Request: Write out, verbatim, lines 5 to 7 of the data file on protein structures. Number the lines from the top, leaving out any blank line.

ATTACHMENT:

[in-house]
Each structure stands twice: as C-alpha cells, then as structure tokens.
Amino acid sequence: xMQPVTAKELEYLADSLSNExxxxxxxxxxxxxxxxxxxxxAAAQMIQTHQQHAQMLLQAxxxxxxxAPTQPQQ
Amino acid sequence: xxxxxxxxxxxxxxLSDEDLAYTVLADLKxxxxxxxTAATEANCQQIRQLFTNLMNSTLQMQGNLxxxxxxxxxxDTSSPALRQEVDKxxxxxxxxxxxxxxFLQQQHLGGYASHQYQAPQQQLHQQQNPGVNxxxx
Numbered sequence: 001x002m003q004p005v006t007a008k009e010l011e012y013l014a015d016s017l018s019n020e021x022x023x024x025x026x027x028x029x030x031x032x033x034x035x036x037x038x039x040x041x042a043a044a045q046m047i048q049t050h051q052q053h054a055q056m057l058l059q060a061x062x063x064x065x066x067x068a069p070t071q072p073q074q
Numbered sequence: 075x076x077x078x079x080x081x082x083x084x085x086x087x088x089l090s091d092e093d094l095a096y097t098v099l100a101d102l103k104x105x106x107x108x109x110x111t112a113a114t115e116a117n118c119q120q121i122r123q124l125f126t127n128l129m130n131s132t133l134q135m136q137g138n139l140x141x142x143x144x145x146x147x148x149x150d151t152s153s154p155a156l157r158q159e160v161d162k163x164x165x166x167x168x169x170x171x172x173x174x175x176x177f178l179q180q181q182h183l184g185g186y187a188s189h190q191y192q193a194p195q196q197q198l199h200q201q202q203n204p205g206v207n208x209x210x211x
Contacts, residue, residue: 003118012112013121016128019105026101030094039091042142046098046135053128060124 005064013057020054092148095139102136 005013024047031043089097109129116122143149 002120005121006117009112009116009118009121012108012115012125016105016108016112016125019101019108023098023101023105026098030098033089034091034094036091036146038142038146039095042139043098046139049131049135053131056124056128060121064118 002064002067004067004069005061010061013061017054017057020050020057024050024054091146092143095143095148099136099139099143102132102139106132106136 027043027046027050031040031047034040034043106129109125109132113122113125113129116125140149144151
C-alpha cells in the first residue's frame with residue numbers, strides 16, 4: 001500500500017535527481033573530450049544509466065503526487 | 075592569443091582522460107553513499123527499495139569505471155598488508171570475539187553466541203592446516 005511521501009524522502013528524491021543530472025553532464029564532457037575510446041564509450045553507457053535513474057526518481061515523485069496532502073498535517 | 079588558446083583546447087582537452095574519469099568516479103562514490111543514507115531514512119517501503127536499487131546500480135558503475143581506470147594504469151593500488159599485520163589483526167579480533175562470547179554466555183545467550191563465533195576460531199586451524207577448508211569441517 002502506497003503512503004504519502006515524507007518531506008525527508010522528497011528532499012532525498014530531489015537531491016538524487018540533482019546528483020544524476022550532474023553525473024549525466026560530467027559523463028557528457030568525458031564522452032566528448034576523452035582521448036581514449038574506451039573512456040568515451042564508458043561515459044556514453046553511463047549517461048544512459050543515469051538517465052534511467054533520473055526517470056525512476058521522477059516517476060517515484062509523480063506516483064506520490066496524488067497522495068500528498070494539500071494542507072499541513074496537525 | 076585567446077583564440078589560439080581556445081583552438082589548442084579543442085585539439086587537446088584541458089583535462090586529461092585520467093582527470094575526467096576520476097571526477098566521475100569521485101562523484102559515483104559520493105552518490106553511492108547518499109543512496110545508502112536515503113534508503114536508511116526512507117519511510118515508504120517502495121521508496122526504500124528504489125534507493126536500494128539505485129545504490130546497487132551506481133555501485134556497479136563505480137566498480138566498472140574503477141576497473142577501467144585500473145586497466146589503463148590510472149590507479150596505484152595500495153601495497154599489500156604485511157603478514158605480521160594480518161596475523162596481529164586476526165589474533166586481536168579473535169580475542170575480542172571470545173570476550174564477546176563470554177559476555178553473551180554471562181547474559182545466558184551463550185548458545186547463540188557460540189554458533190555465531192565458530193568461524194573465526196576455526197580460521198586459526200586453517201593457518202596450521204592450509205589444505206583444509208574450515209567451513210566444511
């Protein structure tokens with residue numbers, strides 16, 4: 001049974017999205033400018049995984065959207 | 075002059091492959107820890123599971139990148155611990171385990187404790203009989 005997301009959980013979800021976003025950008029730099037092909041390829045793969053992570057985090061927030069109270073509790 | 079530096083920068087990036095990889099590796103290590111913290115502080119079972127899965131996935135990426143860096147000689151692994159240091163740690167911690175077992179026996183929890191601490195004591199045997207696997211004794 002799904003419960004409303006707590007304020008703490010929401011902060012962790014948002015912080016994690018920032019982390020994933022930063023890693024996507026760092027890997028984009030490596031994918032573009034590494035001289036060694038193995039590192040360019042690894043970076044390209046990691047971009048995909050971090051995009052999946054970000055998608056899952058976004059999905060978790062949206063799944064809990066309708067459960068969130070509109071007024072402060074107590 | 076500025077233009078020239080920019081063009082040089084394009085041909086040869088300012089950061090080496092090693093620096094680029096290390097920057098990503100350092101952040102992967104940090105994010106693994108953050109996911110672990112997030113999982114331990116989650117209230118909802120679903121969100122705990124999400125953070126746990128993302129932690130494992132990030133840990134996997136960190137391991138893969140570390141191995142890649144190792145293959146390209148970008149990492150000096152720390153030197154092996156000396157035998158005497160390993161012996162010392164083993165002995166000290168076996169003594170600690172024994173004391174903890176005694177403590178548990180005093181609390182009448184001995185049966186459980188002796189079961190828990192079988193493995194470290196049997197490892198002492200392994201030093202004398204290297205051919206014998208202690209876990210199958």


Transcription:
Numbered sequence: 001x002m003q004p005v006t007a008k009e010l011e012y013l014a015d016s017l018s019n020e021x022x023x024x025x026x027x028x029x030x031x032x033x034x035x036x037x038x039x040x041x042a043a044a045q046m047i048q049t050h051q052q053h054a055q056m057l058l059q060a061x062x063x064x065x066x067x068a069p070t071q072p073q074q
Numbered sequence: 075x076x077x078x079x080x081x082x083x084x085x086x087x088x089l090s091d092e093d094l095a096y097t098v099l100a101d102l103k104x105x106x107x108x109x110x111t112a113a114t115e116a117n118c119q120q121i122r123q124l125f126t127n128l129m130n131s132t133l134q135m136q137g138n139l140x141x142x143x144x145x146x147x148x149x150d151t152s153s154p155a156l157r158q159e160v161d162k163x164x165x166x167x168x169x170x171x172x173x174x175x176x177f178l179q180q181q182h183l184g185g186y187a188s189h190q191y192q193a194p195q196q197q198l199h200q201q202q203n204p205g206v207n208x209x210x211x
Contacts, residue, residue: 003118012112013121016128019105026101030094039091042142046098046135053128060124 005064013057020054092148095139102136 005013024047031043089097109129116122143149 002120005121006117009112009116009118009121012108012115012125016105016108016112016125019101019108023098023101023105026098030098033089034091034094036091036146038142038146039095042139043098046139049131049135053131056124056128060121064118 002064002067004067004069005061010061013061017054017057020050020057024050024054091146092143095143095148099136099139099143102132102139106132106136 027043027046027050031040031047034040034043106129109125109132113122113125113129116125140149144151